Testing the InstallApplications workflow outside of the DEP workflow will save you time.
To do this, execute the installapplications.py using the following command line on any macOS test device, such as a VM:
There is also an option to skip the validation of the bootstrap.json file. Use this option to include the bootstrap.json in the installapplications package rather than download it via url.
It turns out that the installapplications.py really doesn't like urls that have redirection. So, if you want to use some file hosting site like Dropbox, etc. think again. You may choose to host all the files on github, but then convert to raw links using rawgit.com; these links do not seem to redirect and worked fine to download installer packages via installapplications.py. Alternatively, you can choose to serve these files directly from your FileWave server.
Configure the InstallApplications LaunchDaemon and LaunchAgent
- In the above example, I left the reboot and fullscreen option disabled, but feel free to adjust this according to your needs.
There was no need to adjust this, but if you wish to customize the install applications bundle ID, you will have to edit this file.
Signing your InstallApplications package
Prerequisite: Membership in Apple's Developer Program
Use a package creation utility to generate the .pkg for installapplications. One type of tool to use is Apple's command line pkgbuild, for example:
Only distribution style packages are supported, so to convert from a flat package to a distribution package:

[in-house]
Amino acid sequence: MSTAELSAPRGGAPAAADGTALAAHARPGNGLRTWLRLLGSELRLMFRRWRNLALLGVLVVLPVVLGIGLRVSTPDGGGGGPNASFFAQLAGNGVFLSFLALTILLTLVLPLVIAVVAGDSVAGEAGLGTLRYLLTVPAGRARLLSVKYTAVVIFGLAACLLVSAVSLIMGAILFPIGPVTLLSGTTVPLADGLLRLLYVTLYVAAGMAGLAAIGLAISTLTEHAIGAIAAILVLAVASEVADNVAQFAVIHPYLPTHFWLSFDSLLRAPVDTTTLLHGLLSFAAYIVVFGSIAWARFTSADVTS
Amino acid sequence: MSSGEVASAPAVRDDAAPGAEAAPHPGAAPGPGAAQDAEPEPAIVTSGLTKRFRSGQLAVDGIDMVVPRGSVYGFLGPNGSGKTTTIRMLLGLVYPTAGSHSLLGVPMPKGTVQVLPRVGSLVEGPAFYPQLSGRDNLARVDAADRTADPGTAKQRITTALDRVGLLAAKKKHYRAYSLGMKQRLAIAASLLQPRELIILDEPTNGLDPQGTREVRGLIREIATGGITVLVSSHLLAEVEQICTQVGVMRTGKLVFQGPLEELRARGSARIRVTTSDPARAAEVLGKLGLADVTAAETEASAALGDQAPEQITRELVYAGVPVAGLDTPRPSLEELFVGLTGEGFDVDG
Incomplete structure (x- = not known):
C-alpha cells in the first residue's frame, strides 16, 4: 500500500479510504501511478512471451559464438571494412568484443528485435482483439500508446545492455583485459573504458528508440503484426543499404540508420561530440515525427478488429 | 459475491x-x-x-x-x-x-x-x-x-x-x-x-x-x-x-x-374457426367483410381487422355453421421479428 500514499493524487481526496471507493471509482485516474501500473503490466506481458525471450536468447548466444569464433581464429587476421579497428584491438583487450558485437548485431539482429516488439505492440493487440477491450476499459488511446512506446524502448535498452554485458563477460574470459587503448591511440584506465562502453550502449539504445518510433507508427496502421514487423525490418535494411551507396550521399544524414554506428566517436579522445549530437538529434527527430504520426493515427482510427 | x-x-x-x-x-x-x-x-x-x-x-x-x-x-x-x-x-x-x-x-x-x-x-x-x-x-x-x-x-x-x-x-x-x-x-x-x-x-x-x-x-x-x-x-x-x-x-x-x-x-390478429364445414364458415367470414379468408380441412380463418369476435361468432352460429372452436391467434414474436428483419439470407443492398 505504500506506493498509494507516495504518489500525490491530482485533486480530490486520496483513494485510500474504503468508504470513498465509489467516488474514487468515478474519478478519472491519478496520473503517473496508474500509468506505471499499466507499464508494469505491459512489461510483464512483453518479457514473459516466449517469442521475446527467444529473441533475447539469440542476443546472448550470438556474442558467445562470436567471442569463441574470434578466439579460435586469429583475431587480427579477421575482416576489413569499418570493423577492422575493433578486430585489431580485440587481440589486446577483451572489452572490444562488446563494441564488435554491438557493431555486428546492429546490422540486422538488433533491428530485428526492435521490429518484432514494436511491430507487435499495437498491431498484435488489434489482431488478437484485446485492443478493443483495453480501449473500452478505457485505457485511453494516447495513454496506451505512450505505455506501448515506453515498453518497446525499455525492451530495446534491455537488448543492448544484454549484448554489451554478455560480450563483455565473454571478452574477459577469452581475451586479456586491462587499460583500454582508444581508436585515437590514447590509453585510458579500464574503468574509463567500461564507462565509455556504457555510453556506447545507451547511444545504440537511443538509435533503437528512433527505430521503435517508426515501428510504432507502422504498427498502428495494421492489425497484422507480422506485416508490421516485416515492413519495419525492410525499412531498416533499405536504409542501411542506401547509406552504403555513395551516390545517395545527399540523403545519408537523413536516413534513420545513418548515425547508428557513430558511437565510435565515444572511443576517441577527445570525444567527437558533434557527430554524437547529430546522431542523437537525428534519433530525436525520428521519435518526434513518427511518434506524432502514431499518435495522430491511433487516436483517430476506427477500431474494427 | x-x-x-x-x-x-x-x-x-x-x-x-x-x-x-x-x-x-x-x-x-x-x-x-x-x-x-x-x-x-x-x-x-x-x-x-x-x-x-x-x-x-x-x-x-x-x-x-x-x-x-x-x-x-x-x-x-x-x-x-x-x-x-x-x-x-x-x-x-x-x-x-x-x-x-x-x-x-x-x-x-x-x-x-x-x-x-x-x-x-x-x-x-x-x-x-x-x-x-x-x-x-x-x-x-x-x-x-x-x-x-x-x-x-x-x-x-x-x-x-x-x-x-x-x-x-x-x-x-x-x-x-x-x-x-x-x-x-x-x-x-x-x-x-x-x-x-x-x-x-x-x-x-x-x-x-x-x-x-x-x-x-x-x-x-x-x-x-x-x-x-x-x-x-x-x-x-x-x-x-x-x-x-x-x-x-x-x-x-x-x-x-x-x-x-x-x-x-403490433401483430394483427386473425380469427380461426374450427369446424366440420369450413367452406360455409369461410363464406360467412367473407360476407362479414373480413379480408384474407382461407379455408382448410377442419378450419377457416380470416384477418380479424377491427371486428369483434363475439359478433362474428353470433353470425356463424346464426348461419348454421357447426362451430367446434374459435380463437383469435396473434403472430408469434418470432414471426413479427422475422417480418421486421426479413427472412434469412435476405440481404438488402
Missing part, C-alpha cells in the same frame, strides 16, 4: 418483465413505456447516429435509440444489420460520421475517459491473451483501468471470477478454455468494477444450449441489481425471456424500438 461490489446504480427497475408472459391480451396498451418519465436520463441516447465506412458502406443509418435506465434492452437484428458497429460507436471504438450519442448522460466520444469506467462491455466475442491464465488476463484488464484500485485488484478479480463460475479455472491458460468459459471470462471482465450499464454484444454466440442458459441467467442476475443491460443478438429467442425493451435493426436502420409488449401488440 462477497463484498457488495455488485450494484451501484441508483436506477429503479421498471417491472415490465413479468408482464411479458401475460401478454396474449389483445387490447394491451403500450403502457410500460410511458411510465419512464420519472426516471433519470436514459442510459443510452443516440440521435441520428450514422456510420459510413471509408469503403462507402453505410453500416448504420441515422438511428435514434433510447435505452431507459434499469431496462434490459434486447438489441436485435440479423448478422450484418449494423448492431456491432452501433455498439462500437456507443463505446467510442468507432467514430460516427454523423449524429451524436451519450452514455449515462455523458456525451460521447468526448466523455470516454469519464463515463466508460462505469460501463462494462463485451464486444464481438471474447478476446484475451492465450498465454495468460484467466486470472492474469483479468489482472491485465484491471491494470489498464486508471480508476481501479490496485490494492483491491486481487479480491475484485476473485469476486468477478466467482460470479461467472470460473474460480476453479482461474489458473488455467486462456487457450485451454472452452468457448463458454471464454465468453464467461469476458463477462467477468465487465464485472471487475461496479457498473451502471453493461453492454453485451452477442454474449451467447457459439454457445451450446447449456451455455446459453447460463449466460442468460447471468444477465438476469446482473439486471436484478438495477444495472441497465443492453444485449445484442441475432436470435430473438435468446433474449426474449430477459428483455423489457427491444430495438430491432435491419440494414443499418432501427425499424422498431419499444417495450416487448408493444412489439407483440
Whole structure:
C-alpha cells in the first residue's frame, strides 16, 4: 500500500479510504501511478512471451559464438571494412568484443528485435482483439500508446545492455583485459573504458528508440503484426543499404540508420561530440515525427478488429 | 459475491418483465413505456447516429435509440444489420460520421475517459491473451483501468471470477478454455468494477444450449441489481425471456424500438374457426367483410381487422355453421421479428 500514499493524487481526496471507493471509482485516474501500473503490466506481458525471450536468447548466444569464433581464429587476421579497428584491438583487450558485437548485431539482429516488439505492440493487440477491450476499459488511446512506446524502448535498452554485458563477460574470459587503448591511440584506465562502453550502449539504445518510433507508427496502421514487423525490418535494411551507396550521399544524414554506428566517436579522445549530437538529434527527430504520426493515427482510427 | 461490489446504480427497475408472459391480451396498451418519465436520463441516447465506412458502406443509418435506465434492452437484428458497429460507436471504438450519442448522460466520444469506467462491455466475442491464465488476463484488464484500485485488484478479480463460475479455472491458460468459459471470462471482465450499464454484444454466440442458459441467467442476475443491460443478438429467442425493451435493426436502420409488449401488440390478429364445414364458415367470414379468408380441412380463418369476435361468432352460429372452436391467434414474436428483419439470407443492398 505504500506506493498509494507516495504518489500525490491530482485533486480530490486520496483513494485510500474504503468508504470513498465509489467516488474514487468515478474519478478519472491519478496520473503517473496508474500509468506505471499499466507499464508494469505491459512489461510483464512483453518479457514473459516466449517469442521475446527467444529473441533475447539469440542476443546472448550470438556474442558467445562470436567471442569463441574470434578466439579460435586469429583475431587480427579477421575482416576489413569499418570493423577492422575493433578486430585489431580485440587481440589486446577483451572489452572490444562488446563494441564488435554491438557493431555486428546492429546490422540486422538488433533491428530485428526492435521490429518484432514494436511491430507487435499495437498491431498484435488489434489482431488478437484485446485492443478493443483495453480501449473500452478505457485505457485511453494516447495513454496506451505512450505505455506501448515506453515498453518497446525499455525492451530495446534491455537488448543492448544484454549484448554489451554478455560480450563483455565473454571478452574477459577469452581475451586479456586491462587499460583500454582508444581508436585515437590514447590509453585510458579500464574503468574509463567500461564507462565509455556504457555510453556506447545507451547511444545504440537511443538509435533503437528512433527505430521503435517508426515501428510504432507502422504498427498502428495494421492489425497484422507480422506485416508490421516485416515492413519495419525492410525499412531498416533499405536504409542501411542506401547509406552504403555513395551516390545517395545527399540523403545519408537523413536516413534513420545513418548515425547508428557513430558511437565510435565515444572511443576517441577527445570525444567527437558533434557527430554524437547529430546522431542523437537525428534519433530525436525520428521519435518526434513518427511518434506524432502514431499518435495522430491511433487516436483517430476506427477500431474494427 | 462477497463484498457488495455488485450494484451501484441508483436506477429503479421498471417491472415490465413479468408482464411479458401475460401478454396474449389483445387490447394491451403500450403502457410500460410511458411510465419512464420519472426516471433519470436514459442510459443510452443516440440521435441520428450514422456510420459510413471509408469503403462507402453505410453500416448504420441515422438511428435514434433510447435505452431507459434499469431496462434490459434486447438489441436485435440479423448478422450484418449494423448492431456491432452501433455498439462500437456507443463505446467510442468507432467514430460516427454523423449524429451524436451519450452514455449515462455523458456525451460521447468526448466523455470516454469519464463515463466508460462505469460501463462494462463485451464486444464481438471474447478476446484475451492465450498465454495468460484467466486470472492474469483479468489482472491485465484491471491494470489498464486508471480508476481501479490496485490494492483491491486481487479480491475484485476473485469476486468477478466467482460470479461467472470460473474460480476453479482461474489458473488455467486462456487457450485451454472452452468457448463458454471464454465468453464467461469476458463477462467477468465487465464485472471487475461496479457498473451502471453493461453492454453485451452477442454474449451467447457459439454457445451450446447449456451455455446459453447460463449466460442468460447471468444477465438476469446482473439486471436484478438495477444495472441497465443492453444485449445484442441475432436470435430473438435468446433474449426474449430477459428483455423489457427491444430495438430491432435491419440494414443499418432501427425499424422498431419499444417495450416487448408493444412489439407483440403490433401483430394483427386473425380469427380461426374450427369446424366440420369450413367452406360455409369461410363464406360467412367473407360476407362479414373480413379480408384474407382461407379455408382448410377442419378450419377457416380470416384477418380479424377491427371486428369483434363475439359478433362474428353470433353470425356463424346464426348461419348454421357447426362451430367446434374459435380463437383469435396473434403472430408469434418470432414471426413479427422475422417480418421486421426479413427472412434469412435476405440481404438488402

To sign the distribution package:
To check your signing, you can issue:
- The above command should return "Status: signed by a certificate trusted by Mac OS X".
- Test the "InstallApplications.pkg" thoroughly on a test mac before attempting to deploy via the DEP Setup Assistant.
Steps for deploying your signed InstallApplications.pkg using FileWave
Instead of deploying the macOS custom pkg, you will be deploying the InstallApplications.pkg. If you are currently deploying the custom FileWave client in your DEP workflow as the starting point, I highly recommend testing this workflow out on a test server before deploying to production. The deployment scenario below considers that we are running FileWave on the linux appliance and have NEVER previously deployed the custom FileWave client before using the InstallApplication DEP workflow.
Open an ssh connection to your FileWave server
Backup the current DEP macOS installer package
Copy your signed InstallApplications.pkg on your mac to the /usr/local/filewave/fwcld folder on your FileWave server and change its name at the same time
Remove the MD5 hash of the old FileWave macOS custom pkg from the database
You should see that the above query should affect one row only.
Set the MD5 checksum and version of the "FileWaveClient.pkg" (really now the InstallApplications package disguised as the FileWave client package).
macOS FileWave Server:
Linux FileWave Server:
Command to execute to generate the new MD5 for the "fake" Custom Client (InstallApplications.pkg):
This will generate a result like:
Command to set the new "version" of the package:
Exit the psql shell with "\q"
Restart the filewave server
During setup assistant, you will no longer get the custom filewave client delivered first. The FileWave client will be installed by the InstallApplications script, along with any other crucial application / setup file that is needed (such as the Energy Saver) during DEP provisioning. Once the FileWave client is on the device, all other associated filesets can be deployed according to the needs of the end user.